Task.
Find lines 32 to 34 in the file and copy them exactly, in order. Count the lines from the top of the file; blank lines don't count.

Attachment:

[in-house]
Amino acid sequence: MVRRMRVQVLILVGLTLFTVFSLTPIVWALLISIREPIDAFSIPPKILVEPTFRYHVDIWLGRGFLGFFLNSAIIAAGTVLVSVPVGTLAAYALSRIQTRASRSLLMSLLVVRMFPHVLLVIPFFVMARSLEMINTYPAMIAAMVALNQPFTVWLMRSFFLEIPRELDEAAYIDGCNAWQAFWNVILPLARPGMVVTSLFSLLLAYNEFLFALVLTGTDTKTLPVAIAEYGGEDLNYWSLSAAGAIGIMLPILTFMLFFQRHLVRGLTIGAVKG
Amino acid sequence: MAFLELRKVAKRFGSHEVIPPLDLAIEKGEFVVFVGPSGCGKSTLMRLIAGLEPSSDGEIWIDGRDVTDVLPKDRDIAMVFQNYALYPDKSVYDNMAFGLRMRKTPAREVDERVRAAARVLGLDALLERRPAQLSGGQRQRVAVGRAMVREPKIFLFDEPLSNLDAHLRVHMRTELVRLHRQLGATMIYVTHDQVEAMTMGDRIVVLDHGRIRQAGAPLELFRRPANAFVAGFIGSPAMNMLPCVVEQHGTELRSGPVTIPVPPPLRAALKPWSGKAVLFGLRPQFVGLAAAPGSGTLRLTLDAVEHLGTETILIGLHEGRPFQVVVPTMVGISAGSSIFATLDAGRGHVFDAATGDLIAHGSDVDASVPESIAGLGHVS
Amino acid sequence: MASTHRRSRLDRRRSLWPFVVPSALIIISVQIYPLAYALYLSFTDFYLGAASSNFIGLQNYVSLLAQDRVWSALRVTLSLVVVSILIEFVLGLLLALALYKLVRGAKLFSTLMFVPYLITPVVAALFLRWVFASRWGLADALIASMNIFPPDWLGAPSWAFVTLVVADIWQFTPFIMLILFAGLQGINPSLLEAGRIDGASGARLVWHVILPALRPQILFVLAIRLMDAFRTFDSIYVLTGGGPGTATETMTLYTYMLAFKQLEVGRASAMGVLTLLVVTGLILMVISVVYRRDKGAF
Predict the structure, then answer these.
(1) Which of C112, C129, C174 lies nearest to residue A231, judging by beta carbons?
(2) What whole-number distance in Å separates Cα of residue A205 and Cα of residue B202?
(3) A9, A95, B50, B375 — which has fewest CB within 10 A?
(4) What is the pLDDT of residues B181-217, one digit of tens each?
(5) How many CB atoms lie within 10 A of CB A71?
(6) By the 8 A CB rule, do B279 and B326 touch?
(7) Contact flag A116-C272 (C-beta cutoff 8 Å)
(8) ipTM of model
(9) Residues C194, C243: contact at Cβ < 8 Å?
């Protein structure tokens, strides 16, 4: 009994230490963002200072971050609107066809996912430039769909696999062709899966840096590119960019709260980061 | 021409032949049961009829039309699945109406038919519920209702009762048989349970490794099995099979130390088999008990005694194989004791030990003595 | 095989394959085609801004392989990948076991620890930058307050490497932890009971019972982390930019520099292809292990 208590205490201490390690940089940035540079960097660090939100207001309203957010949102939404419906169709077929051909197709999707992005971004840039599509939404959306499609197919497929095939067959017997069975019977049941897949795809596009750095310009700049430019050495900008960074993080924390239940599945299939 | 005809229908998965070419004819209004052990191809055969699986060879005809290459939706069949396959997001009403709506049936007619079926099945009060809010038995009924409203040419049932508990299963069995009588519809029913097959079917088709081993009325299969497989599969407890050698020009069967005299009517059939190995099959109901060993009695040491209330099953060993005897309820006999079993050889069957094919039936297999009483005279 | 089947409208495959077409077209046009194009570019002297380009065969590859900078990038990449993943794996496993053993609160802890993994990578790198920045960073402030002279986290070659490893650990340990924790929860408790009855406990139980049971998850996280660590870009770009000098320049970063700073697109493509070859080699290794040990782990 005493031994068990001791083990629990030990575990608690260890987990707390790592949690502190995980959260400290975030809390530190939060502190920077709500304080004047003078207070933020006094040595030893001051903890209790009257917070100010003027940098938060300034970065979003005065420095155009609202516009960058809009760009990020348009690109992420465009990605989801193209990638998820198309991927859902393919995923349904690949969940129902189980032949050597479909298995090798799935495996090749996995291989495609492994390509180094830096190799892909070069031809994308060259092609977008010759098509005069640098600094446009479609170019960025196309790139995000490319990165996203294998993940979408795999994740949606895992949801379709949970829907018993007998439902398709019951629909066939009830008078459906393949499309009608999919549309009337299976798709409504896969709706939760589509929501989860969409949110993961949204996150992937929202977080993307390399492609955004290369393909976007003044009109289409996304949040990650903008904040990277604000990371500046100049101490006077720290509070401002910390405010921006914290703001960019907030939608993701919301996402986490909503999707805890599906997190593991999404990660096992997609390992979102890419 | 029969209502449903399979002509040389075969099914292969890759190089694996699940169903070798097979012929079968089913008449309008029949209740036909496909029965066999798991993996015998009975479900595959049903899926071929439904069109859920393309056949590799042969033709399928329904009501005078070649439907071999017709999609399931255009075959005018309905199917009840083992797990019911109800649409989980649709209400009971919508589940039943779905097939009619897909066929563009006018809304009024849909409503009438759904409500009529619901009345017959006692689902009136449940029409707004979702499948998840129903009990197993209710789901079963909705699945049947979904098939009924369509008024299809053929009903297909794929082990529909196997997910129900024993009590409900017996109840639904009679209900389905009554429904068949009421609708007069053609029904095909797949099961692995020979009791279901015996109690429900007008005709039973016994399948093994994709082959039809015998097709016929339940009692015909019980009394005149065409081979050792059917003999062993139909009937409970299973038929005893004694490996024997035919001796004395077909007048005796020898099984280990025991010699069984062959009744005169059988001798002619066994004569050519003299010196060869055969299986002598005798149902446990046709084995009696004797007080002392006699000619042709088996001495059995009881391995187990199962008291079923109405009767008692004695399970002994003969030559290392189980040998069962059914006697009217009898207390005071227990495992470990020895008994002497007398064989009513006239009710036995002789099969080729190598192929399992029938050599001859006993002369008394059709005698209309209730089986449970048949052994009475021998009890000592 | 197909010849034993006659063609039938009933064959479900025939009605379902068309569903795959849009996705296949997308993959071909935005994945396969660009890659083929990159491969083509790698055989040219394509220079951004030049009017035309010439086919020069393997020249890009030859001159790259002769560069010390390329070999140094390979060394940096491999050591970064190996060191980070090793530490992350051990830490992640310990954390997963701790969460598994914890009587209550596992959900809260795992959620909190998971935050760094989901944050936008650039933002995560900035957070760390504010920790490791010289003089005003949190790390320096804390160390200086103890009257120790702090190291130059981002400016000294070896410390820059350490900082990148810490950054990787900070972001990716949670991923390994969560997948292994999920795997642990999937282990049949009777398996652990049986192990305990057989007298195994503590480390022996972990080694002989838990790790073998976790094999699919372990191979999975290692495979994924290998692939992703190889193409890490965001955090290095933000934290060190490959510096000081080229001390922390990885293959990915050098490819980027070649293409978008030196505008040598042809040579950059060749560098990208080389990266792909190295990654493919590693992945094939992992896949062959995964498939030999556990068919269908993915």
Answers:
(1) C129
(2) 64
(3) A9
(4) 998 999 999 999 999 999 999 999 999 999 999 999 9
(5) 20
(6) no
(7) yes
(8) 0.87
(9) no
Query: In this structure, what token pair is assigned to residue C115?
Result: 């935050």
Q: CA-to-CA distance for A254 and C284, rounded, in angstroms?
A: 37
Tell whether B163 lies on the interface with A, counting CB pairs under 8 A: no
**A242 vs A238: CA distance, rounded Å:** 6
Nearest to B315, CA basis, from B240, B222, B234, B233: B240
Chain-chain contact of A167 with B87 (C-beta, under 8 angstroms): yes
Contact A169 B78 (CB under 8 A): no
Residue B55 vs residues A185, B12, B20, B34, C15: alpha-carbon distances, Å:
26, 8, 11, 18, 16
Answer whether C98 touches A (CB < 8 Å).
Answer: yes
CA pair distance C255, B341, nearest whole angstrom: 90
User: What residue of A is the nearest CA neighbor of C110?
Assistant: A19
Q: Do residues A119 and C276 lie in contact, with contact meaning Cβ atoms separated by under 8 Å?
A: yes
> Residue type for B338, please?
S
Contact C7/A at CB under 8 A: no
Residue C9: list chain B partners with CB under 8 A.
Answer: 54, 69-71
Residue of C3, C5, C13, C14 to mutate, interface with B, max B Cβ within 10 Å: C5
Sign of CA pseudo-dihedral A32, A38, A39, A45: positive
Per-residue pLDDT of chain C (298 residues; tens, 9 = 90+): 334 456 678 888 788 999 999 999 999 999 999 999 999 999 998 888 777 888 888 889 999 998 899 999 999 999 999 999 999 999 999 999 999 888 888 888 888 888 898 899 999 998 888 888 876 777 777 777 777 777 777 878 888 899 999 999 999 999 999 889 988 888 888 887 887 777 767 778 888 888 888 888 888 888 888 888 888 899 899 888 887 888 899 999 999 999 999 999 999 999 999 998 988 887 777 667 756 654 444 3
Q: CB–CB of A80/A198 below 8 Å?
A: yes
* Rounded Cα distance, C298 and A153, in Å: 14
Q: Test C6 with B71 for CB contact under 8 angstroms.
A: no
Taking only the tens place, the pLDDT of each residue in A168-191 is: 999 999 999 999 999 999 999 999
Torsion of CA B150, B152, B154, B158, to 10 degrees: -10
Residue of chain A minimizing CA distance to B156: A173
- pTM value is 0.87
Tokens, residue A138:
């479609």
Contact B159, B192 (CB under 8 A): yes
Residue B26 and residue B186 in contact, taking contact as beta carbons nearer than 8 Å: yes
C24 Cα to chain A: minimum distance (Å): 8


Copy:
Nearest to B315, CA basis, from B240, B222, B234, B233: B240
Chain-chain contact of A167 with B87 (C-beta, under 8 angstroms): yes
Contact A169 B78 (CB under 8 A): no